He’d wiped out on his bike a couple of weeks previously, and his right arm was in a cast up to his shoulder. He  knocked on my door, and said “Hey man, I need some help.”

Fine. Whatever.

We walked into his place, and he said, “Go into my closet and reach into my coat pocket.”  I thought that was passably strange, but did it anyway.

I pulled out a baggie  with a half ounce of rock cocaine.

I’d just gone down to Nogales and had brought back a liter bottle of Cuervo (yes, I know, terrible shit, but cheap).

We alternated lines and shots the rest of the night, calling it quits only when the sun came up.

I was hungover for two days. It was the last time I ever did coke or tequila.

Six months later, Jesus’s sister called me to tell me he’d died. His heart had stopped from doing too much cocaine. At age 37.

The moral to this tale? Stay away from coke. Stay away from hard booze.

Part of the royal screwing Jesus got in the divorce was losing his house, which is the only silver lining in this sorry tale. The best neighbors I’ve ever had, the Cárdenas, moved up from Mexico and bought the place. They’re both very good neighbors and very good friends.

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Zeke Teflon is the author of Free Radicals: A Novel of Utopia and Dystopia.

Free Radicals front cover

Front cover of "The Heretic's Handbook of Quotationsby Chaz Bufe, publisher See Sharp Press

People are scared shitless of my neighborhood.

In one way I understand it, in another I don’t. It’s about 70% Mexican, 15% black, 15% white. The median income is probably about half the national average. I’m the only one on the block–worked my way through it in the ’70s–with a college education. There’s graffiti on most exposed walls. Cars up on blocks in front yards. Occasional gun shots at night, mostly semi-auto.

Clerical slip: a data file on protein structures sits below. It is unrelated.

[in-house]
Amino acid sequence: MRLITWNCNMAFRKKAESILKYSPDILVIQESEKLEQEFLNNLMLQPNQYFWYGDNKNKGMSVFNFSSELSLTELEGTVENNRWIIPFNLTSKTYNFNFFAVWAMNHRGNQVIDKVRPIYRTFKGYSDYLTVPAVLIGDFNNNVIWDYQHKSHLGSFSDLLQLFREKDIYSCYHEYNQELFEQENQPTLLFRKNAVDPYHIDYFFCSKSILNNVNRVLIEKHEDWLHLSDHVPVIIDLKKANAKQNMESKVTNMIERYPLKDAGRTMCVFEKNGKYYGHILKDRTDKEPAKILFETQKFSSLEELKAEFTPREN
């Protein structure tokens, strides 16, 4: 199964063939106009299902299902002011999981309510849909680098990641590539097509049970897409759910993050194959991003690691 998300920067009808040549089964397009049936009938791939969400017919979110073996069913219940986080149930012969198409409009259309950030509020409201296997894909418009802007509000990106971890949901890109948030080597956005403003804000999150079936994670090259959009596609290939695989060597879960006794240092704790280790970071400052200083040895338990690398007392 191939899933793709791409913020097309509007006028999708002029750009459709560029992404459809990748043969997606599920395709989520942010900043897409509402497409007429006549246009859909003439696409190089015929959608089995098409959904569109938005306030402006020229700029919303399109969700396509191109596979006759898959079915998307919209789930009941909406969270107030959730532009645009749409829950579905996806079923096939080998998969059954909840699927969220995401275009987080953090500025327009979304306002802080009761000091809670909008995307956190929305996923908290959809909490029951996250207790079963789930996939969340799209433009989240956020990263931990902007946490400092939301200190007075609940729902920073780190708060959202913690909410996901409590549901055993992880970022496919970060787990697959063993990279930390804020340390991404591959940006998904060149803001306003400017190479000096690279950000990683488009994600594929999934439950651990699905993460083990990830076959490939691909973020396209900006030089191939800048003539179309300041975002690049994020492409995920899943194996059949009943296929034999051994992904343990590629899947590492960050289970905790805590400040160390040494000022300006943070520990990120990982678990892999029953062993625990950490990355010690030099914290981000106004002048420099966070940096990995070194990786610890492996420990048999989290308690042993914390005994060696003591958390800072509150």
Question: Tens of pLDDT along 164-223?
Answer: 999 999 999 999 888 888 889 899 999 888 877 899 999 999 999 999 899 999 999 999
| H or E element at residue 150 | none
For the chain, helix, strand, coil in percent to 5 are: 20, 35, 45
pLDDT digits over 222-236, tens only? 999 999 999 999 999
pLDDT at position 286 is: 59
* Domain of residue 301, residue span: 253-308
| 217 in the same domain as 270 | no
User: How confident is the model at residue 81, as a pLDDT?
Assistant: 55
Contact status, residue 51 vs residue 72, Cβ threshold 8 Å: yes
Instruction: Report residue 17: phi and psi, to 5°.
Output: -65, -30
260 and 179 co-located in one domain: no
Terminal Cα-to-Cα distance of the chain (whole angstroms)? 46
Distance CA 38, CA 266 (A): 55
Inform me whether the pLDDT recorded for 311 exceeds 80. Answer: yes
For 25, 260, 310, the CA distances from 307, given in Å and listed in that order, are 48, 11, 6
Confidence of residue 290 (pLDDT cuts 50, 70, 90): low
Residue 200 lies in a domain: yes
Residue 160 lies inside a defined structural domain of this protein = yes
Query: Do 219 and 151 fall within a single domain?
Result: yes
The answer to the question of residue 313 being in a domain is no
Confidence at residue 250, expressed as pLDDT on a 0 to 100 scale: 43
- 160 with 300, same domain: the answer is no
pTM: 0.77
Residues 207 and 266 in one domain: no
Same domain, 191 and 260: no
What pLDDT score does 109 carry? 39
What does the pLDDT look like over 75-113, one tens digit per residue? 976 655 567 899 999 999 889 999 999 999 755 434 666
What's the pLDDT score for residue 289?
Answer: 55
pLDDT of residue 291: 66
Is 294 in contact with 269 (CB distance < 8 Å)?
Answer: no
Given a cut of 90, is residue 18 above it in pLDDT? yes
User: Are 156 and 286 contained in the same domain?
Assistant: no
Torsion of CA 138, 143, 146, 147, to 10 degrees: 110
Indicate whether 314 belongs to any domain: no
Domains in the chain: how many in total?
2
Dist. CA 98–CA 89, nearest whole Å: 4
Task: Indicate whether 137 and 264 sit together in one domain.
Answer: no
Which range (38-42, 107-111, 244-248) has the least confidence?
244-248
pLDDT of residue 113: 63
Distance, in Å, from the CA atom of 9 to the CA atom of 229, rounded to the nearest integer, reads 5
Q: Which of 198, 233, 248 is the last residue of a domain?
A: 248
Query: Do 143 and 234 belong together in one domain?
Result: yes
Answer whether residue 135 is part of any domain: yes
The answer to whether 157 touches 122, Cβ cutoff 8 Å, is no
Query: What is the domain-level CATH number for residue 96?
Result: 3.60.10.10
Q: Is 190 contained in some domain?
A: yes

And my pal Dewayne thinks it’s “paradise.”  So do I.

Why? The remarkable lack of racial animosity.  Dewayne grew up in Cleveland, I grew up in a bad part of Phoenix, and I lived for over a decade in one of the worst parts of  San Francisco. Racial and ethnic animosity were a given. And constant fear and hyper-vigilance–always looking over your shoulder, always ready for violence.

Here, no.  I feel safe. Dewayne feels safe. The neighbors know each other, and we watch out for each other.

There isn’t much gang violence here, and when they do go after each other the gang bangers usually avoid “civilians.” (I came home three or four years ago to find cops looking for bullets in my mesquite tree and one of the walls–there was a shootout with–according to the cop I talked to–about 70 shots fired at one of the drug duplexes on the corner; all of the shots were directed at each other, not at us “civilians.”)

The lesson here is that people are people. No racial group is better or worse than any other. We have nothing to fear from each other. As Rodney King famously asked a quarter of a century ago, “Why can’t we all just get along?”

Here, in Tucson’s  Keeling Neighborhood (“It’s not as bad as it looks”),  we do. Welcome to paradise.

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As a side note, if you’ve never heard it–hearkening back to the title of this post–do yourself a favor and give a listen to James Brown’s masterpiece CD “Gravity” (with the fantastic cut, “Living in America”). Other than “Live at the Apollo,” it’s probably his best recording. (“Hell” is right in there, too.)